The name Bilitis is the name given to a lesbian contemporary of Sappho by the French poet Pierre Louÿs in his collection, The Songs of Bilitis (1894). (LGBTQ, see August 30, 1956; Bilitis, see September 7, 1957)
Defense of Marriage Act
September 21, 1996: President Clinton signed the Defense of Marriage Act into law. The law defines marriage as a legal union between one man and one woman and that no state is required to recognize a same-sex marriage from out of state. It established a Federal definition of: (1) ‘marriage' as only a legal union between one man and one woman as husband and wife; and (2) ‘spouse' as only a person of the opposite sex who is a husband or wife.”  (see Feb 21, 1997)
Don’t Ask, Don’t Tell
September 21, 2010: The US Senate struck down a bill that would end Don't Ask, Don't Tell with a vote of 56–43, almost completely along party lines. (see Oct 13)
Kentucky
September 21, 2015: gay couples in Kentucky said altered marriage licenses issued by Kim Davis were invalid and a federal judge should order her office to reissue them or put the office in receivership and have someone else do it. When Davis returned to work, she altered the license forms to say they were issued under the authority of the federal court instead of her office. On this date, lawyers for the American Civil Liberties Union asked the judge to force the clerk’s office to reissue the licenses. (see Sept 24)

September 21 Music et al

Blue Velvet
September 21 – October 11, 1963, “Blue Velvet” by Bobby Vinton #1 on the Billboard Hot 100. Written in 1950, it had been recorded already by Tony Bennett (1951) and The Clovers (1955).

“Harper Valley, PTA”
September 21 – 27, 1968: “Harper Valley, PTA” by Jeannie C Riley #1 on the Billboard Hot 100.

INDEPENDENCE DAYS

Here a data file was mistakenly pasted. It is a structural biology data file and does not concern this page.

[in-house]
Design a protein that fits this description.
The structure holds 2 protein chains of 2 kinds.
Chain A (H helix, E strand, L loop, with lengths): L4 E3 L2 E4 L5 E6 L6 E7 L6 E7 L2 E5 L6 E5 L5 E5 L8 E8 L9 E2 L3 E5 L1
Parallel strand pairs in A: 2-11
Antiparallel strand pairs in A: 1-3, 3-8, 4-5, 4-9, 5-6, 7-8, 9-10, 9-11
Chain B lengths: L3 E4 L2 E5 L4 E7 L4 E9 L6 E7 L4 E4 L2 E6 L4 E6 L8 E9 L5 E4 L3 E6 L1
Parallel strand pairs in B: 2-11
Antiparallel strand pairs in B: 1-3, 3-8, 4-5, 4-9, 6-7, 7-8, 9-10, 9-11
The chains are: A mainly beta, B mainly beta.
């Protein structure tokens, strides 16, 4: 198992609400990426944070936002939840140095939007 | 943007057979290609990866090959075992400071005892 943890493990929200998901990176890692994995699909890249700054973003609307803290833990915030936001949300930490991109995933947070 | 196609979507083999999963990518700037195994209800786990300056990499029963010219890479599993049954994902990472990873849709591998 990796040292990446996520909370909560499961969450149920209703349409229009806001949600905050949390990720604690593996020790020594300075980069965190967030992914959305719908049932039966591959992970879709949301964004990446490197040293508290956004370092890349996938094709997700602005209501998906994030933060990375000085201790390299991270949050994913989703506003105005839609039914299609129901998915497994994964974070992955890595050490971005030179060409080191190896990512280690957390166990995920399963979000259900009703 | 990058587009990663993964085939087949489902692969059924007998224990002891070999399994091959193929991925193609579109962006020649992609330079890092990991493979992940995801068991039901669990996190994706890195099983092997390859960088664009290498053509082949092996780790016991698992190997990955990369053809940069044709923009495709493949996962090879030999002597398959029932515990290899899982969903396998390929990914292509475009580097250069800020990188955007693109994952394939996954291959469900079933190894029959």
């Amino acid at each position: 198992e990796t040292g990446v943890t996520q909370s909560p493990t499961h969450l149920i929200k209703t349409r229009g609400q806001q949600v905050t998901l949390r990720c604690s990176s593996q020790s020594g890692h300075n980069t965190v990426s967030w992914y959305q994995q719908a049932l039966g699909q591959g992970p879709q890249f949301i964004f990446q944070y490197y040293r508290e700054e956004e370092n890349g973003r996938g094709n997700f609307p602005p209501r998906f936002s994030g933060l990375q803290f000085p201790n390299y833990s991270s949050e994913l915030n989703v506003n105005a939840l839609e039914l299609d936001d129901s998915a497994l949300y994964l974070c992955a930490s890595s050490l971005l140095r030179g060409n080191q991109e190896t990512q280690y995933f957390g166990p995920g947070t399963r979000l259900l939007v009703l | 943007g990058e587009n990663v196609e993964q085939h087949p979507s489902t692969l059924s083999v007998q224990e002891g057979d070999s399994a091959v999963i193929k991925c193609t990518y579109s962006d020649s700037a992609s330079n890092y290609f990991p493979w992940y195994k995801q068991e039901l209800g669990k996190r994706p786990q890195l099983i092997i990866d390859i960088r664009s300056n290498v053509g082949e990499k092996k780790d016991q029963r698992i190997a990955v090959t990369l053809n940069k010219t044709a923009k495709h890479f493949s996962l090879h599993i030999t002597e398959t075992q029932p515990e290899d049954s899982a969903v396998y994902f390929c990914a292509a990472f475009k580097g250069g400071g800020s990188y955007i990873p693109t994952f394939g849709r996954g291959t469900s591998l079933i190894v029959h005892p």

Malta

September 21 Peace Love Activism

September 21, 1964: Malta independent from United Kingdom. (see Oct 24)
Belize

September 21 Peace Love Activism

September 21, 1981: Belize independent of the United Kingdom. (see Nov 1)
Armenia

September 21 Peace Love Activism

September 21, 1991: Armenia declared independence from the Soviet Union. (Dissolution, see Oct 27; ID, see Oct 8)
September 21 Peace Love Activism

United Farm Workers

September 21, 1983: Rene Lopez, a 21 year old, farm worker, was fatally wounded after voting in an election at the Sikkema Dairy Ranch. The UFW charged that Lopez was shot by the brother-in-law of owner, Ralph Sikkema and an accomplice, Donato Estrada.  David Stirling, the General Counsel to the Agricultural Labor Relations Board, dismissed charges on the basis of lack of evidence. (see October 8, 2012)

Hurricane Katrina

September 21, 2005: the official death toll was raised to 1,036, with 63 additional deaths recognized in Louisiana. This marked the first time since 1928 that a natural disaster in the U.S. had been officially acknowledged to have killed at least 1,000 people. State-by-state death tolls: Louisiana 799, Mississippi 218, Florida 14, Alabama 2, Georgia 2, Tennessee 1. (see January 3, 2007)

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September 19 Peace Love Activism